Compatible: iPod 5G, nano
ifrogz bagz Water Resistant Cases for iPod and iPod nano
Pros: Simple water-resistant cases are designed to let you enjoy your iPod while working out or walking in the rain. Designed with a triple seal and pass-through port for safe connection to your earphones, water is unlikely to penetrate through to the iPod. Very reasonably priced by standards of most water-resistant offerings; includes detachable necklace.
Cons: Case is guaranteed only to be water-resistant, not water-proof. Design is somewhat unattractive, use of iPod inside is limited. Difficult to get iPod in and out of case.
ifrogz is best known for its “design your own case” concept and multi-piece, silicone rubber designs. Now, apparently using technology similar to that from French case makers Aquapac, and identical to more expensive cases from Allsop, ifrogz has added water-resistant “bagz” cases ($10) to its lineup. Not intended to be submerged or floated on water, they are called water-resistant only, and are available in two sizes - large, for full-sized iPods, or nano bagz for anything nano sized or smaller. Each comes with a white lanyard cord and integrated headphone port extender.
The ifrogz bagz are little more than plastic sealed bags with plastic coated headphone port extenders and white fabric lanyard necklaces, and since no effort has been made to actually fit any particular iPod’s body, there’s very little to say about their build quality other than that they’re fine - we deduct two points here only because the cases don’t make any effort to contour to the iPod at all. However, as promised, they provide a water-resistant environment for the iPod or nano, using a simple redundant set of three Ziploc-style seals to prevent anything from getting in.
The bagz did not score as well as we would have liked in the Ease of Use category, partially due to the time-consuming task of placing our test iPods inside, and getting them out. Your first challenge is opening all three seals; the next step is to plug in the audio adaptor, which proves difficult depending on the size of your hands; and finally, once the audio adaptor is plugged in, you can then seal the bagz. While we found the Click Wheel easy to operate while in the bagz, the Hold switch is not easily accessible, and for somewhat obvious reasons, the Dock Connector is completely unusable. Thankfully, the headphone port is easily accessible through the integrated extension cable, and the screen is easy to see while inside.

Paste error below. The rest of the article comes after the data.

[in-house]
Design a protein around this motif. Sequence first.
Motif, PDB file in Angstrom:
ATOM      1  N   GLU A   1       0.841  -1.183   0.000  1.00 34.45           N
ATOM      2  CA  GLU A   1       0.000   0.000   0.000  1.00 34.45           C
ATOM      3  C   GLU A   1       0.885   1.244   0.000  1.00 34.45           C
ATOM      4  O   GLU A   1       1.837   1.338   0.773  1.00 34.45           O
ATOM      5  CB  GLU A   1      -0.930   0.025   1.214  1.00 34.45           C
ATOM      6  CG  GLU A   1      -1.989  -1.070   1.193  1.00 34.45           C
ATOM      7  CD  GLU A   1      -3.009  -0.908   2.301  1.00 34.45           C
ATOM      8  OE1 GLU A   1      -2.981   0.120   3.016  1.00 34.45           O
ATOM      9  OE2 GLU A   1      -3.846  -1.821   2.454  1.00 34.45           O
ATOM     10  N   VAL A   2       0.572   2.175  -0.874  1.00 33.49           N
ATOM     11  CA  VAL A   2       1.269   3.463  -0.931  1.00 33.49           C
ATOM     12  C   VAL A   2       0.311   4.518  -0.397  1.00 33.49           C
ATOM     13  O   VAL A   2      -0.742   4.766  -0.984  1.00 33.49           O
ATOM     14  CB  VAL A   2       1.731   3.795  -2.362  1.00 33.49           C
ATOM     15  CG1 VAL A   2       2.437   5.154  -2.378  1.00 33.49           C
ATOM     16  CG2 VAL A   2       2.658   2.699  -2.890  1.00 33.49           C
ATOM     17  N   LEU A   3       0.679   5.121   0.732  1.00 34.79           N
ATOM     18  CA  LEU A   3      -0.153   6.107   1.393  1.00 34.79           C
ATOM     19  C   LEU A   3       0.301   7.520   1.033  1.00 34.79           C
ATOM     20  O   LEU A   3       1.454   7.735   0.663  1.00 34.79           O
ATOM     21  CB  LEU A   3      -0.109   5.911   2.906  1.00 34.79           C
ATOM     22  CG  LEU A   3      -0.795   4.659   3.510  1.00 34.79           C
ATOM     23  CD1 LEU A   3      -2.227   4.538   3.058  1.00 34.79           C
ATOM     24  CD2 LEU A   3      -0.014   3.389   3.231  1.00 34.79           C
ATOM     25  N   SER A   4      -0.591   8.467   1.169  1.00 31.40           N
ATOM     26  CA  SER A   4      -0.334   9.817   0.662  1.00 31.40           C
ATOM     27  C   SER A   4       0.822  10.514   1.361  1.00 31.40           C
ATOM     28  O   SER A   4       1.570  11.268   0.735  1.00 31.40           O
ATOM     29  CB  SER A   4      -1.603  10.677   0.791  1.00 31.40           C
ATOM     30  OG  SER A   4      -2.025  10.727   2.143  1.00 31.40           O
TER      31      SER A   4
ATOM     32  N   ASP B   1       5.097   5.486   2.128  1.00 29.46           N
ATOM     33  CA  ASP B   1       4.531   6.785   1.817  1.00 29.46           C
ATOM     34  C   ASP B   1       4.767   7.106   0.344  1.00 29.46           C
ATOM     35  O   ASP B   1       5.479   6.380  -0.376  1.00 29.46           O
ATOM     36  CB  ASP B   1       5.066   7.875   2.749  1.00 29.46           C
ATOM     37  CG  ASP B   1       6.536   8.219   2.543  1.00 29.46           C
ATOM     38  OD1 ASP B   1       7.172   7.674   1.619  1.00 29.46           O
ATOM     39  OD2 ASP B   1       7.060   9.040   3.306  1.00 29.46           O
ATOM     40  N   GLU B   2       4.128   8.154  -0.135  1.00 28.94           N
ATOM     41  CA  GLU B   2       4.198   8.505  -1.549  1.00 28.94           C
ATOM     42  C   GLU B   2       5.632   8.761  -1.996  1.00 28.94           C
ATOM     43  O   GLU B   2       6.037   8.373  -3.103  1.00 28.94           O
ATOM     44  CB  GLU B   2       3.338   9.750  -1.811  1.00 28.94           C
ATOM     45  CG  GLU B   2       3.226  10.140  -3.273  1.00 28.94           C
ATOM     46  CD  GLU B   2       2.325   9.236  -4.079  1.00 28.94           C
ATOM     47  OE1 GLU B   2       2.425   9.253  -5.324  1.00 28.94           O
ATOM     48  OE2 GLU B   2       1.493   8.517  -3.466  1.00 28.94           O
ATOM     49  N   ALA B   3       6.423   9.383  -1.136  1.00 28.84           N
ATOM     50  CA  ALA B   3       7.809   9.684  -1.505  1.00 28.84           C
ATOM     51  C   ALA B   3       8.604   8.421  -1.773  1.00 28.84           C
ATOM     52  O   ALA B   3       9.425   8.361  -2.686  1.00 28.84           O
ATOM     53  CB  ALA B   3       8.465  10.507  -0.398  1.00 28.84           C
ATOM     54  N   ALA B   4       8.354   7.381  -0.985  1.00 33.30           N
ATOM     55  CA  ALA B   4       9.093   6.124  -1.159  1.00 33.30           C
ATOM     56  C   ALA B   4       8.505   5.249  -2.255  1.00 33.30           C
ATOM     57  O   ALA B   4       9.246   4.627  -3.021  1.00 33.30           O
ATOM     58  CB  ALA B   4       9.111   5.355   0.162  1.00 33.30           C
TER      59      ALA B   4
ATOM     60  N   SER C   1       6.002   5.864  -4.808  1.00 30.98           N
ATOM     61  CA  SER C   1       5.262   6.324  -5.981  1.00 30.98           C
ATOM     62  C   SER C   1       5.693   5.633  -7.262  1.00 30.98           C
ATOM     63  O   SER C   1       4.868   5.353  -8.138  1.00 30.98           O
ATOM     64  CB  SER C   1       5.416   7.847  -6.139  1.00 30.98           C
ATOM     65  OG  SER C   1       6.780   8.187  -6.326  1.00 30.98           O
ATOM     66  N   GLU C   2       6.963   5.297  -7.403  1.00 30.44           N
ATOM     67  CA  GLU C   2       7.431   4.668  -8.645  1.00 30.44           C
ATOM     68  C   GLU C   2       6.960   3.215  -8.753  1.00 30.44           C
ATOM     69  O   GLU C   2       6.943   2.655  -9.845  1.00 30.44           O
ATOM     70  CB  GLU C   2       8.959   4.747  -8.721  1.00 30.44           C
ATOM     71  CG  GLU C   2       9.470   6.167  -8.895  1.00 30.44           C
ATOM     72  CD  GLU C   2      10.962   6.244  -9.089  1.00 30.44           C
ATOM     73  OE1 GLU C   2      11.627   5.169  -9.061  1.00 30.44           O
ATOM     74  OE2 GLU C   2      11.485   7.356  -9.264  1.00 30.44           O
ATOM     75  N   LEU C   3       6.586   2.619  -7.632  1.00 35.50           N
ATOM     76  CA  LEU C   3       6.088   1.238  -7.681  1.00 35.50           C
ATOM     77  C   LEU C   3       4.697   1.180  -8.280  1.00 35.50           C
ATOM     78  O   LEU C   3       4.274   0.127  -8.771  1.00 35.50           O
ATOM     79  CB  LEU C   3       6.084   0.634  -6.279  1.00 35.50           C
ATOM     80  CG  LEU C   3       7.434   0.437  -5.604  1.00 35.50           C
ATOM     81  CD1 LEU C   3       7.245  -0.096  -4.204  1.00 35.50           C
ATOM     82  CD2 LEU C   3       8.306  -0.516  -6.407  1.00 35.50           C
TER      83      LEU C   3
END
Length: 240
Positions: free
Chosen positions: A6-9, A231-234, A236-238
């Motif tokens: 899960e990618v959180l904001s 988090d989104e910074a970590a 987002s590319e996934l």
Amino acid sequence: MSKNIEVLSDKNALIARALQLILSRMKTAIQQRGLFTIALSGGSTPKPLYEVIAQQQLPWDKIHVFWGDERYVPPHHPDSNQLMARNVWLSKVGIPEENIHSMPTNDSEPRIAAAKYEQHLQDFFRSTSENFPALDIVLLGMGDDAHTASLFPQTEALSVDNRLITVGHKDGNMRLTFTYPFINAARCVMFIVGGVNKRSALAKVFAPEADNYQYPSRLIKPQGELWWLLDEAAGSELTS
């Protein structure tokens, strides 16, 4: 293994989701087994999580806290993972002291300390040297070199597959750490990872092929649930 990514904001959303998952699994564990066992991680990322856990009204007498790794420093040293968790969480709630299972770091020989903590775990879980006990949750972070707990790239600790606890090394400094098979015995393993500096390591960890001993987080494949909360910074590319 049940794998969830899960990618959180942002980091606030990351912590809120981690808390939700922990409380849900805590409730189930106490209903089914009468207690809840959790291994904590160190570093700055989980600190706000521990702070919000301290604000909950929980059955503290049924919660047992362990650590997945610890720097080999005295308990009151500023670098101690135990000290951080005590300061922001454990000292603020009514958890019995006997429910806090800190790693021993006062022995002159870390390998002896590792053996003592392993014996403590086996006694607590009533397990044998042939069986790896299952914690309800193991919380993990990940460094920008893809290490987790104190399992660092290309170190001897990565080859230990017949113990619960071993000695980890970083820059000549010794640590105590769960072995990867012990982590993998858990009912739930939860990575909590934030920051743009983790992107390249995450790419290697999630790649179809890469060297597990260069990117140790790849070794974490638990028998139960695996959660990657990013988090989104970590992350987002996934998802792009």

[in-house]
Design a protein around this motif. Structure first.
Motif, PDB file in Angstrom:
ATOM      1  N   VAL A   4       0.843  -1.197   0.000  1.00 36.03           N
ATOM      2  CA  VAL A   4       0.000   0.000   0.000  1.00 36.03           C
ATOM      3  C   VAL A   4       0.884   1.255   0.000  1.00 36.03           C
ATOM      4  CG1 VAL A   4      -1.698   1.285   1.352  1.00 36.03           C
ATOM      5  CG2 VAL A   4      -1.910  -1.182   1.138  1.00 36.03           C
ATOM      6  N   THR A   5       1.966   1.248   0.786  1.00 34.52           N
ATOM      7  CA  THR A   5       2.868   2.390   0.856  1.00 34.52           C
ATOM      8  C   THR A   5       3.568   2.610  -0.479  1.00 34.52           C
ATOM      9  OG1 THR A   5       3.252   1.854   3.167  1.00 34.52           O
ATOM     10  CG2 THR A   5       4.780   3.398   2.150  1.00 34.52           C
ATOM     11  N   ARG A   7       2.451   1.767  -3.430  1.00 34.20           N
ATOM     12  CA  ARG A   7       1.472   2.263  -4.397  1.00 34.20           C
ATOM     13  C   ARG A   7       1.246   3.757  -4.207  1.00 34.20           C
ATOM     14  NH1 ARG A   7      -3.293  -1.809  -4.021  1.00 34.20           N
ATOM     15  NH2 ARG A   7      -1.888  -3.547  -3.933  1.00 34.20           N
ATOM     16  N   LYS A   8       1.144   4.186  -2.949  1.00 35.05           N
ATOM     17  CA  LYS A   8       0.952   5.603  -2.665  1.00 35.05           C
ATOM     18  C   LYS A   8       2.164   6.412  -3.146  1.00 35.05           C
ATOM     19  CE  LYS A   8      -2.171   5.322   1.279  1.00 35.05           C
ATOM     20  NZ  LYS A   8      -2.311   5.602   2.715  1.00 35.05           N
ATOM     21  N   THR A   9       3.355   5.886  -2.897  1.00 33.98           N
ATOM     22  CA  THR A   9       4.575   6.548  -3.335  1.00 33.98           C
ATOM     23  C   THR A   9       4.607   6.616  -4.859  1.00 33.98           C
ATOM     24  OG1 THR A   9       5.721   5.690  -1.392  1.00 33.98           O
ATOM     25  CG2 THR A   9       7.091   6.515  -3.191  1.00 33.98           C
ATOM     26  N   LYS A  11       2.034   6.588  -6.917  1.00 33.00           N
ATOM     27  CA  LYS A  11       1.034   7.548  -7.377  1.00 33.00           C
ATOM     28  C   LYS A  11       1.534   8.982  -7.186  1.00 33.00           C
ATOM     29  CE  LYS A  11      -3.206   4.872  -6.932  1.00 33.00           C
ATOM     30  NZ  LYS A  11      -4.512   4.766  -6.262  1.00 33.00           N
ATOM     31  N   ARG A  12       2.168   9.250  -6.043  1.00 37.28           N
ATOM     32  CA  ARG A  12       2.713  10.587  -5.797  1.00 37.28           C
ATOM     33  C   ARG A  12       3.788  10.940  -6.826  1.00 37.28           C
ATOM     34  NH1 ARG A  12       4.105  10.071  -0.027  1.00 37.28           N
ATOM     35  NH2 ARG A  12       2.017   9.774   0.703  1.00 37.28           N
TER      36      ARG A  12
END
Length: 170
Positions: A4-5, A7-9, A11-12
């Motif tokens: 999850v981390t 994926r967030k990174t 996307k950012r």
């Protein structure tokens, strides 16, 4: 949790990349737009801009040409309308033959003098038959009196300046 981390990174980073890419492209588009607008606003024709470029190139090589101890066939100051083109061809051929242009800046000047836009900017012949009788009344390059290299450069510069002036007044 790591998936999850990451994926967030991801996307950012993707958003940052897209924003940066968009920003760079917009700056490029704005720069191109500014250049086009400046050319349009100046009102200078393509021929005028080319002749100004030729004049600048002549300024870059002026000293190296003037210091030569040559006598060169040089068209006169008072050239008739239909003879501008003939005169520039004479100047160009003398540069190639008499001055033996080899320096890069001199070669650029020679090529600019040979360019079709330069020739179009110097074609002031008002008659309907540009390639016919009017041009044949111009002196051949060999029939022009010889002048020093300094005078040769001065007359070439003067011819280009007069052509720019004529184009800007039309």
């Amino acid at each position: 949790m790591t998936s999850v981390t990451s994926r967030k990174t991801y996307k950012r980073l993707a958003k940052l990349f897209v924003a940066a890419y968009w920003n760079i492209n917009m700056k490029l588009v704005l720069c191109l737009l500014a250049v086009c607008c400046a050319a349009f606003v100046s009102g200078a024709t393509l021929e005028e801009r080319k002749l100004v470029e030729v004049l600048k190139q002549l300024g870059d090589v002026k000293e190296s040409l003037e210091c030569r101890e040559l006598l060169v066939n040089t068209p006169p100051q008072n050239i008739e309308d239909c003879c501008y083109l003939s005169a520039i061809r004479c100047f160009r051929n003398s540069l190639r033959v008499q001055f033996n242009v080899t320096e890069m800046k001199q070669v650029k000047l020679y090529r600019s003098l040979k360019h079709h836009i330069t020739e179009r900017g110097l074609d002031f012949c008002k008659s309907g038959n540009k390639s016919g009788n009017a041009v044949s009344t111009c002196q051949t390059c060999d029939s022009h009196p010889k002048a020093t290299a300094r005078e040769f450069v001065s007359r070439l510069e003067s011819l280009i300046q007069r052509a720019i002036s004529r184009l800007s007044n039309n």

Bagz receive two points for their special feature - water resilience - which isn’t completely novel, but isn’t common in iPod cases, especially at this price point. Additionally, the bagz come with a white lanyard necklace, which is adjustable and detachable, for one more point here.
Besides the case’s obvious marks of protectiveness - it covers literally every part of the iPod or nano inside, for a raw score of 8, and gets one point for the thickness of its plastic - the reason to buy bagz is its water resistance. On this point, we were pleased with the results: the case properly resisted water coming from both a shower and a running faucet, and also survived being tossed in the dirt. When we opened the bagz, our iPods were exactly as they should have been - dry and clean. If you’re out frequently in the rain - we’re talking to you, Seattle residents - or want a case to take out in the garden, or when you’re jogging, this is an inexpensive case that can handle the abuse.
Although this is a very basic design, ifrogz’ bagz offer a useful case at a very reasonable $10 price. While this isn’t the right iPod case for standard daily activities, it offers a cheap and simple way to let you feel relatively safe while you’re camping, hiking, working out, or otherwise outside. Those needing truly waterproof options, superior hard protection and/or armband options should consider cases from Otter and H2O Audio instead: they’re a lot easier to use and better-looking, but they’ll cost a lot more than these.
A Note From the Editors of iLounge: Though all products and services reviewed by iLounge are "final," many companies now make changes to their offerings after publication of our reviews, which may or may not be reflected above. This iLounge article provides more information on this practice, known as revving.